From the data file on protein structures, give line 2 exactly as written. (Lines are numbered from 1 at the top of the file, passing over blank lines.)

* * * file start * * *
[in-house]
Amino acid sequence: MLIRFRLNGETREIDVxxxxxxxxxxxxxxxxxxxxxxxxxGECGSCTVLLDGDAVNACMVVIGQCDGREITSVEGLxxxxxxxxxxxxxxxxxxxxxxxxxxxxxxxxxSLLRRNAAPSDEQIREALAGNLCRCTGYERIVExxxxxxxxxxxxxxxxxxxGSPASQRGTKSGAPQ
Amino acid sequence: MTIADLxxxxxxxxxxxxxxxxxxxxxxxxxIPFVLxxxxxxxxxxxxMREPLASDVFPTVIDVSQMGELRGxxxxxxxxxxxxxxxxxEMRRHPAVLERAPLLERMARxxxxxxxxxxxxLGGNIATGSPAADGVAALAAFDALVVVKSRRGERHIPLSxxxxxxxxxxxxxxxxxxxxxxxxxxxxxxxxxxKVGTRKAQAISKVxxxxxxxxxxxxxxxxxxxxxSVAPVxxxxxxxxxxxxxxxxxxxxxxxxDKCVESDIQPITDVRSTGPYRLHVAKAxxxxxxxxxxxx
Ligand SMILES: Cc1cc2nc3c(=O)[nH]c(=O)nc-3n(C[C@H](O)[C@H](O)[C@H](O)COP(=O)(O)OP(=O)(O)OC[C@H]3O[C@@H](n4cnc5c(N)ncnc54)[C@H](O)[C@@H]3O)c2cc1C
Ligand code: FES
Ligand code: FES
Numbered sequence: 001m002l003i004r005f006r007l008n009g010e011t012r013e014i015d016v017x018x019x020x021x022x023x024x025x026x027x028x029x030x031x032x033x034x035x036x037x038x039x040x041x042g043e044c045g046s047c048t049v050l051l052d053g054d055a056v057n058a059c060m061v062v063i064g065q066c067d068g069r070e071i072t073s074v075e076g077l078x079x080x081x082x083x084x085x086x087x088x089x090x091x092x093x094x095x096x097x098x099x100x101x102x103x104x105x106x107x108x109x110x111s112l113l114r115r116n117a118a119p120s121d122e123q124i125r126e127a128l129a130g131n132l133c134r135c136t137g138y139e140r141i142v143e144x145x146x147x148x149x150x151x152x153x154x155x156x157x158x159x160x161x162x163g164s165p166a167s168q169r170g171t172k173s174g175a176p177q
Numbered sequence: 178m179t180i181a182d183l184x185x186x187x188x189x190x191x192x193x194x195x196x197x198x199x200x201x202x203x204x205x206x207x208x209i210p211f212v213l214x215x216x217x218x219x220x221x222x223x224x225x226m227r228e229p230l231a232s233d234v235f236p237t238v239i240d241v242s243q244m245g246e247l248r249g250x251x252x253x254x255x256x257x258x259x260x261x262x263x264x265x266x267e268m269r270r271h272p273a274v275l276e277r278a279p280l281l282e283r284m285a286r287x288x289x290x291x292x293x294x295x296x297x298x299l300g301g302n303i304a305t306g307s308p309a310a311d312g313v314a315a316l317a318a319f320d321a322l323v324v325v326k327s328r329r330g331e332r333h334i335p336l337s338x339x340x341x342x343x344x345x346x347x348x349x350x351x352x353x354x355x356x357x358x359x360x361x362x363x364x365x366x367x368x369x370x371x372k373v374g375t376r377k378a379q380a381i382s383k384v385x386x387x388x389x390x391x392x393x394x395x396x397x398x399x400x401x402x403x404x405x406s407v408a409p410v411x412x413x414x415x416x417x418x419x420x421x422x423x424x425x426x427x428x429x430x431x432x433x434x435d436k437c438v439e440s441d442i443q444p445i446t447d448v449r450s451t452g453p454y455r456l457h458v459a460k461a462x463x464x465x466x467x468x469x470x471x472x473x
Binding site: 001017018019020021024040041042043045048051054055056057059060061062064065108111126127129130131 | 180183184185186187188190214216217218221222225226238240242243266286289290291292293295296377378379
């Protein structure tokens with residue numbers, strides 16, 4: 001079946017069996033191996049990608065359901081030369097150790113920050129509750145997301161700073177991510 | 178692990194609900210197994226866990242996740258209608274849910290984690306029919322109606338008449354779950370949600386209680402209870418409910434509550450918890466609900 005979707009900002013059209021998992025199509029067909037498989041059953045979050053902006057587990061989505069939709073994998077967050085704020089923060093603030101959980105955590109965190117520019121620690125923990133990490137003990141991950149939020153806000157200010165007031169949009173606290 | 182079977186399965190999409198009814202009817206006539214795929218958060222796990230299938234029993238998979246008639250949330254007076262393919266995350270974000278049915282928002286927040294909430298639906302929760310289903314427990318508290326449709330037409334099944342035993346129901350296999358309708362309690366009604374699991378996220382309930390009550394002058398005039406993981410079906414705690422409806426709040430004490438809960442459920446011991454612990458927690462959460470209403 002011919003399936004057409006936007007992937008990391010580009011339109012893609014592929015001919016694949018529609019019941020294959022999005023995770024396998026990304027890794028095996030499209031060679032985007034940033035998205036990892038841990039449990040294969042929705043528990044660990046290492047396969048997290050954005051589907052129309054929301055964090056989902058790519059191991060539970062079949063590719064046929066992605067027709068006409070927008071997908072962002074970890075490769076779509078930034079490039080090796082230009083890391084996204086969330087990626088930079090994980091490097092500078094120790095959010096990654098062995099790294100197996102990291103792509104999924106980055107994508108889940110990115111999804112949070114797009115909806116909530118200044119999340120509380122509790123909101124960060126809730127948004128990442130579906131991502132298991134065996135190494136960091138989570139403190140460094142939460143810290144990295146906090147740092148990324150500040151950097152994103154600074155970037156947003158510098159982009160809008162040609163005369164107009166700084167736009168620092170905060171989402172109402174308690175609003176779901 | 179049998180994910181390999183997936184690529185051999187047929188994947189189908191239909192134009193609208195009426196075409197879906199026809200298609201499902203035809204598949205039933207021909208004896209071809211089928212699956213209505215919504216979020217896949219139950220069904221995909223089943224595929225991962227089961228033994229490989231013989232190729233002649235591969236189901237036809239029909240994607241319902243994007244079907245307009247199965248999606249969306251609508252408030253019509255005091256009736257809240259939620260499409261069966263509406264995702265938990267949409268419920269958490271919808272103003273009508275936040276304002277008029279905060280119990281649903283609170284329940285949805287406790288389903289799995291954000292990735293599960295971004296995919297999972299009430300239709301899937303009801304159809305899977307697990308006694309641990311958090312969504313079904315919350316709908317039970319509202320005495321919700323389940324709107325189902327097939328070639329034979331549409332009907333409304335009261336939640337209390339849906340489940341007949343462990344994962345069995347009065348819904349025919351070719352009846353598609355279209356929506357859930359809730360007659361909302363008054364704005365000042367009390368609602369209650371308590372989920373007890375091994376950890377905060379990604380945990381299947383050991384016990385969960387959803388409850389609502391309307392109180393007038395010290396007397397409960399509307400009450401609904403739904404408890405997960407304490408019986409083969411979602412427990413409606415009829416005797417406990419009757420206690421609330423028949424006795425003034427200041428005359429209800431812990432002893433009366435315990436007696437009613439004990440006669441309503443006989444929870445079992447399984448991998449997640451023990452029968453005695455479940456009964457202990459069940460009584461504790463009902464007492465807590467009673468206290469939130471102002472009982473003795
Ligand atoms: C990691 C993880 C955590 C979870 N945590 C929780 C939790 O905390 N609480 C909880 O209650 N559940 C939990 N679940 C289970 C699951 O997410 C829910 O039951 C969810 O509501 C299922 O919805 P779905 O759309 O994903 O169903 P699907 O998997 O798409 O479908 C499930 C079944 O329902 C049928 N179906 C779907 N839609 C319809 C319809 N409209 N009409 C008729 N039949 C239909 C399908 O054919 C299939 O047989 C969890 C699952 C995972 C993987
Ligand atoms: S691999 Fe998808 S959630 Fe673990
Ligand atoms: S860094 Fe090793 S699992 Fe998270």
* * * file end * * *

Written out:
Amino acid sequence: MLIRFRLNGETREIDVxxxxxxxxxxxxxxxxxxxxxxxxxGECGSCTVLLDGDAVNACMVVIGQCDGREITSVEGLxxxxxxxxxxxxxxxxxxxxxxxxxxxxxxxxxSLLRRNAAPSDEQIREALAGNLCRCTGYERIVExxxxxxxxxxxxxxxxxxxGSPASQRGTKSGAPQ